AP Photo/Lefteris Pitarakis)
Caroline de Guitaut, curator of the exhibition "The Queen's Coronation 1953 " at the Buckingham Palace in central London, poses at a table set to evoke Britain's Queen Elizabeth II's 1953 Coronation State Banquets. This year marks the 60th anniversary of the coronation and the exhibit will be on display until Sept. 29, 2013.

Buckingham Palace: Two suspected burglars arrested

Buckingham Palace: One man was arrested inside Buckingham Place for burglary, trespassing, and criminal damage. Another was found outside the palace, and was arrested on suspicion of conspiracy to commit burglary.

British police have arrested two men after a break-in at Buckingham Palace this week, one of the most serious security breaches at Queen Elizabeth's London residence in about 30 years.

A police spokesman said one man was found in the palace in an area that is open to the public at about 10.30 p.m. on Monday. He had scaled a fence to gain entry to the palace grounds.

He was arrested for burglary, trespassing, and criminal damage, while a second man was arrested outside the palace on suspicion of conspiracy to commit burglary. Both men were released on bail.

The Guardian reports: "It is believed that the intruder entered one of the 19 state rooms after scaling a 12ft fence and kicking down a poorly secured external door.

The break-in will embarrass police whose focus on royal security was said to have been increased following the birth of Prince George in July."

"No members of the royal family were at Buckingham Palace at the time of the incident," a police spokesman said. "A review of the specific circumstances of this incident is being carried out."

Buckingham Palace had no comment to make on the incident, saying it was a matter for the police.

Various parts of the 775-room building are usually open to the public during the summer, including the State Rooms, the Queen's Gallery, the Royal Mews, and the Rose Garden, reports the Associated Press.

Queen Elizabeth usually spends August and September in Scotland at Balmoral Castle.

It is not the first time intruders have broken into Buckingham Palace.

The most famous security breach was in 1982, when Michael Fagan scaled a palace drainpipe and broke into the queen's bedroom where she was sleeping. He reportedly sat on the bed and chatted to the monarch for 10 minutes before he was arrested.

In an interview last year withThe Independent on Sunday Fagan said that his visit to the Queen's bedroom was actually his second time breaking into the palace. During the first break in, he wandered around looking in various rooms, and eventually left without being caught.

"I was loving it... It was like Goldilocks and the Three Bears; I tried one throne and was like 'this one's too soft'. I was having a laugh to myself because there was one right next to it, so I tried another. He demonstrates how he reclined on a chair to view the Queen's art, putting his feet up on the pub table: "I was sitting like this – see. I liked the picture and thought I'd look at it till someone comes, but nobody came," he told The Independent on Sunday.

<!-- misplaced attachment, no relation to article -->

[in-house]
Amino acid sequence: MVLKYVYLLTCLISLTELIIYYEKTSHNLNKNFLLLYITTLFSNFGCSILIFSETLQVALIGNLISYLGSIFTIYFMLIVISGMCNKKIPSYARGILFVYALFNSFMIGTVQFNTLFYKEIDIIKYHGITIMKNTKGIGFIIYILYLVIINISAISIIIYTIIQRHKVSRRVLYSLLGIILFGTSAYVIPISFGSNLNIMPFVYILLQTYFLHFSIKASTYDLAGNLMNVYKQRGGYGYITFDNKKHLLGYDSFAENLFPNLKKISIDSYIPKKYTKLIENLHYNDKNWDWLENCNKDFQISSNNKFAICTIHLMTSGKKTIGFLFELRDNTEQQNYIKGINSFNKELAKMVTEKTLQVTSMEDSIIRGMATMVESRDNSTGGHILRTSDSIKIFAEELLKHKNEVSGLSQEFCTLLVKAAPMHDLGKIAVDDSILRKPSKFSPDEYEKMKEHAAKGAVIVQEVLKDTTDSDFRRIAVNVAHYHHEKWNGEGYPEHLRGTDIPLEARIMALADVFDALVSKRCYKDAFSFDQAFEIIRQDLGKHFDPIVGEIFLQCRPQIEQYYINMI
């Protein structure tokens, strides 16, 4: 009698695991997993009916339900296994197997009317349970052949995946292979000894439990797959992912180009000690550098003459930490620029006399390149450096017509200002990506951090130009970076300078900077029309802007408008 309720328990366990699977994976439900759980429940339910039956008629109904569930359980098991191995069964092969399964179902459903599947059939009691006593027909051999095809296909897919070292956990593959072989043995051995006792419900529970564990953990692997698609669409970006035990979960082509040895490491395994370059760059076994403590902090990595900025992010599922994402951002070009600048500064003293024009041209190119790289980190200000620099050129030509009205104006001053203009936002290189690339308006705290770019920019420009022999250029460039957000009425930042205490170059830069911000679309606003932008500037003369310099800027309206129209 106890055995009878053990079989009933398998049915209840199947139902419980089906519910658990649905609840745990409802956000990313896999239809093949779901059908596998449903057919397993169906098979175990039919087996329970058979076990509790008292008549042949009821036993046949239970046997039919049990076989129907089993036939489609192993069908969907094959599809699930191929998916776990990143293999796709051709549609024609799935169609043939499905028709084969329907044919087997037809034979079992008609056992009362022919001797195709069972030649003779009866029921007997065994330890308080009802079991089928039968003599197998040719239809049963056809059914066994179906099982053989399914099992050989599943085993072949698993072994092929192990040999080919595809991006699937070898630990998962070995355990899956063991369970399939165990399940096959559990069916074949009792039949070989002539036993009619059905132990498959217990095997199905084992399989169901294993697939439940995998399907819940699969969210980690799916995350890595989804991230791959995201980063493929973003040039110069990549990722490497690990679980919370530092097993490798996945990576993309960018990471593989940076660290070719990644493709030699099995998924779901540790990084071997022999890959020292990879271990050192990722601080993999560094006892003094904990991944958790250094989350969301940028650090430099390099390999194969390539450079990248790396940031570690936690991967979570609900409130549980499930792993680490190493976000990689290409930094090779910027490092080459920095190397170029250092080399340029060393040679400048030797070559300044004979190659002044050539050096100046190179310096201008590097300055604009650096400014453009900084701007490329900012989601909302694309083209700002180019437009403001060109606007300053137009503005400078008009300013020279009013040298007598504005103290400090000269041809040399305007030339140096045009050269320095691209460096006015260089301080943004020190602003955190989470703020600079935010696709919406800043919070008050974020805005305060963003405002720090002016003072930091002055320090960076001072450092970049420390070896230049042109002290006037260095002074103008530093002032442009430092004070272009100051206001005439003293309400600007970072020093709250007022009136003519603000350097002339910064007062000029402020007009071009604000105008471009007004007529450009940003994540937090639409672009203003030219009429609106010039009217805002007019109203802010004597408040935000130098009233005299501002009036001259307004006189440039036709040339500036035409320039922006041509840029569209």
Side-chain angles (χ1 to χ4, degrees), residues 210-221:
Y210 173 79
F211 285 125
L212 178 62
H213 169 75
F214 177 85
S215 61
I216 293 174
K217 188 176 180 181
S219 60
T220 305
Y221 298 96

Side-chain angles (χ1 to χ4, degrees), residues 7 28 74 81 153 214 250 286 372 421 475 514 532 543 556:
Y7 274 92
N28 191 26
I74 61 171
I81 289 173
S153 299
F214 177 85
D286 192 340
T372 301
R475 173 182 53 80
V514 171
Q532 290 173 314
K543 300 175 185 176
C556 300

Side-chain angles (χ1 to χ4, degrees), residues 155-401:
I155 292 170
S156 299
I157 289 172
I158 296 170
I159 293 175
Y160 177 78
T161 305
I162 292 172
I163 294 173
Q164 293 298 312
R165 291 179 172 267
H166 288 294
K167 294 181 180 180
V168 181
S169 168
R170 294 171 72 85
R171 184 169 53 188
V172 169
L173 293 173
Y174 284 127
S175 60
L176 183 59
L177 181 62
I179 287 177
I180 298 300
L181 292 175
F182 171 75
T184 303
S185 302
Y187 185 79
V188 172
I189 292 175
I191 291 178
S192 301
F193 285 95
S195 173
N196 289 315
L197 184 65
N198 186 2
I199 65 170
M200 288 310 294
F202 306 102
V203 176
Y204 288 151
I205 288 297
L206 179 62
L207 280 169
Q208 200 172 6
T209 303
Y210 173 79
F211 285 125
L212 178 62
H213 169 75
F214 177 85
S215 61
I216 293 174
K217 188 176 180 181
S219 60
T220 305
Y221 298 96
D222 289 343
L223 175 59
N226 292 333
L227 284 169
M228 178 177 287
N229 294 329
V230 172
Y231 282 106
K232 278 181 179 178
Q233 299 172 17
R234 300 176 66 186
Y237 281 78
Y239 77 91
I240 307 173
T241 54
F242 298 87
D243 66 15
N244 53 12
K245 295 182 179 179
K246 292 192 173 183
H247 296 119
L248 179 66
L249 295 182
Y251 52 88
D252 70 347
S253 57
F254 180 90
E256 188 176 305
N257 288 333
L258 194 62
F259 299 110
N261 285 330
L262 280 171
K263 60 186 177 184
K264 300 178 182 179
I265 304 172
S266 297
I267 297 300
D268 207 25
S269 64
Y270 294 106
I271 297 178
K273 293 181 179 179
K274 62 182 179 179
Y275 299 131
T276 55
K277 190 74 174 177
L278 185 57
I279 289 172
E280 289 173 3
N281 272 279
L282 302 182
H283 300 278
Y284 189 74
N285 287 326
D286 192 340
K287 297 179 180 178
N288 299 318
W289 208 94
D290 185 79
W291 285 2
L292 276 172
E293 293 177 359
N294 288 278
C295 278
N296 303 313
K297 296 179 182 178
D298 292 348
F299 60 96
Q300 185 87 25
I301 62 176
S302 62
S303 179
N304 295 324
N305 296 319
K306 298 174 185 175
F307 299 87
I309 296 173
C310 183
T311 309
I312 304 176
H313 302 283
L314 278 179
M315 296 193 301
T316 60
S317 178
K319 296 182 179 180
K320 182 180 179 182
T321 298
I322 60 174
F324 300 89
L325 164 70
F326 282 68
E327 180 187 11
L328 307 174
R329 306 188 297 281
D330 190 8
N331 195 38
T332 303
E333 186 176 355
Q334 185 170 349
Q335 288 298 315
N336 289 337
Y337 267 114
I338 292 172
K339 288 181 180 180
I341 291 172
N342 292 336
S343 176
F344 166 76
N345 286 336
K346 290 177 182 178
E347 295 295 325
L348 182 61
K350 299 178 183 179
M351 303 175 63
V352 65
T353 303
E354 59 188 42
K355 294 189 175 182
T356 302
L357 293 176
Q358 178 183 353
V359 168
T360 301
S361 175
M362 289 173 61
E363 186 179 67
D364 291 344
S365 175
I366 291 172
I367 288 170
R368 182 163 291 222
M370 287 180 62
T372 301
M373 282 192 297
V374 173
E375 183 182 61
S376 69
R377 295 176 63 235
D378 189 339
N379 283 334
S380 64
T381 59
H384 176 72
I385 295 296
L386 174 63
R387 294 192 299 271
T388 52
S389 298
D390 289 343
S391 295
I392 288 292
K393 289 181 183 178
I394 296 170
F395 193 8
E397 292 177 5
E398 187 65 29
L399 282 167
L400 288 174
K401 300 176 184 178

(Editing by Mike Collett-White)

You've read  of  free articles. Subscribe to continue.

Dear Reader,

About a year ago, I happened upon this statement about the Monitor in the Harvard Business Review – under the charming heading of “do things that don’t interest you”:

“Many things that end up” being meaningful, writes social scientist Joseph Grenny, “have come from conference workshops, articles, or online videos that began as a chore and ended with an insight. My work in Kenya, for example, was heavily influenced by a Christian Science Monitor article I had forced myself to read 10 years earlier. Sometimes, we call things ‘boring’ simply because they lie outside the box we are currently in.”

If you were to come up with a punchline to a joke about the Monitor, that would probably be it. We’re seen as being global, fair, insightful, and perhaps a bit too earnest. We’re the bran muffin of journalism.

But you know what? We change lives. And I’m going to argue that we change lives precisely because we force open that too-small box that most human beings think they live in.

The Monitor is a peculiar little publication that’s hard for the world to figure out. We’re run by a church, but we’re not only for church members and we’re not about converting people. We’re known as being fair even as the world becomes as polarized as at any time since the newspaper’s founding in 1908.

We have a mission beyond circulation, we want to bridge divides. We’re about kicking down the door of thought everywhere and saying, “You are bigger and more capable than you realize. And we can prove it.”

If you’re looking for bran muffin journalism, you can subscribe to the Monitor for $15. You’ll get the Monitor Weekly magazine, the Monitor Daily email, and unlimited access to CSMonitor.com.

QR Code to Buckingham Palace: Two suspected burglars arrested
Read this article in
QR Code to Subscription page
Start your subscription today